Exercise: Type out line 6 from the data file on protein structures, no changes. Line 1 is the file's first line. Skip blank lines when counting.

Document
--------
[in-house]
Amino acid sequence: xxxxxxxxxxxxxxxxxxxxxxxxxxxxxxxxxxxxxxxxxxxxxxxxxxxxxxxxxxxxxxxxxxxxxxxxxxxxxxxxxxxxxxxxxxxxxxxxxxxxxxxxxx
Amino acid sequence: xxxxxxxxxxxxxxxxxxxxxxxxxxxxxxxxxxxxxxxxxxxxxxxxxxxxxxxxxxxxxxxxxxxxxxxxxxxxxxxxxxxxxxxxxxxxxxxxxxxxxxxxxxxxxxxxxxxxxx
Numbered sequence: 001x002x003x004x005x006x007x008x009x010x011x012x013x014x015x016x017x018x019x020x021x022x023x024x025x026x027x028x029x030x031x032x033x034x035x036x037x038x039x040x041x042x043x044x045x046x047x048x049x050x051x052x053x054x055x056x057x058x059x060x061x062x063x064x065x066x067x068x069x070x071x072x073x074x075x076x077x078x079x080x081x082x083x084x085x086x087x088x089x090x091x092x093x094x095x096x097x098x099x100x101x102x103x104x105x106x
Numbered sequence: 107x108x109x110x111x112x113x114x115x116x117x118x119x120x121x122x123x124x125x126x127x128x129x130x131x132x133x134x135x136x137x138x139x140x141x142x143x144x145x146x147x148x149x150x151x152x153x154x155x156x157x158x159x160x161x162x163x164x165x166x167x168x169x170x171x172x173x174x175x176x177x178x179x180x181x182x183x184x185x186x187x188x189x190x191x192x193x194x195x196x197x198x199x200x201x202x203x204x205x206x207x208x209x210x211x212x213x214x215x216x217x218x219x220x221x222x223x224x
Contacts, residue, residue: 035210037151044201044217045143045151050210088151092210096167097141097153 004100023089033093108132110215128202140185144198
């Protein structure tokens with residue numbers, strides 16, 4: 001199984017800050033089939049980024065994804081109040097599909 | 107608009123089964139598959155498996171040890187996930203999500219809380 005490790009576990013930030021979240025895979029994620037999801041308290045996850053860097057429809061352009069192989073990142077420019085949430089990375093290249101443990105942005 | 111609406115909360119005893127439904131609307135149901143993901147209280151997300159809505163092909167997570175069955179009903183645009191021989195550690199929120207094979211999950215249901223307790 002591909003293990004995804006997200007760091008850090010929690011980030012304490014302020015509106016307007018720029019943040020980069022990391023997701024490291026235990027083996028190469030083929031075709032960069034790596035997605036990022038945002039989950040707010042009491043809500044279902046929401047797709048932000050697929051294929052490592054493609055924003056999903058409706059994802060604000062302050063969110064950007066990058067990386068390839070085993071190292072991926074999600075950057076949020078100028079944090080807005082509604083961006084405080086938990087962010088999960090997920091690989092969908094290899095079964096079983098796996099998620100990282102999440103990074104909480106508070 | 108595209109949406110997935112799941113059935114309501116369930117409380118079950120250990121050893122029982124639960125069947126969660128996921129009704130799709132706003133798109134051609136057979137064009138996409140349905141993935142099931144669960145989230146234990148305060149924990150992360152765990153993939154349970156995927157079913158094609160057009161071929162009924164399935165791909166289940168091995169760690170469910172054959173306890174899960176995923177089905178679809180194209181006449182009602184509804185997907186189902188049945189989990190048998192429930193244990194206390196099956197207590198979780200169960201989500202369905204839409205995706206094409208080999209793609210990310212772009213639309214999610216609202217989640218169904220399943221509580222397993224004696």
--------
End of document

Contacts, residue, residue: 035210037151044201044217045143045151050210088151092210096167097141097153 004100023089033093108132110215128202140185144198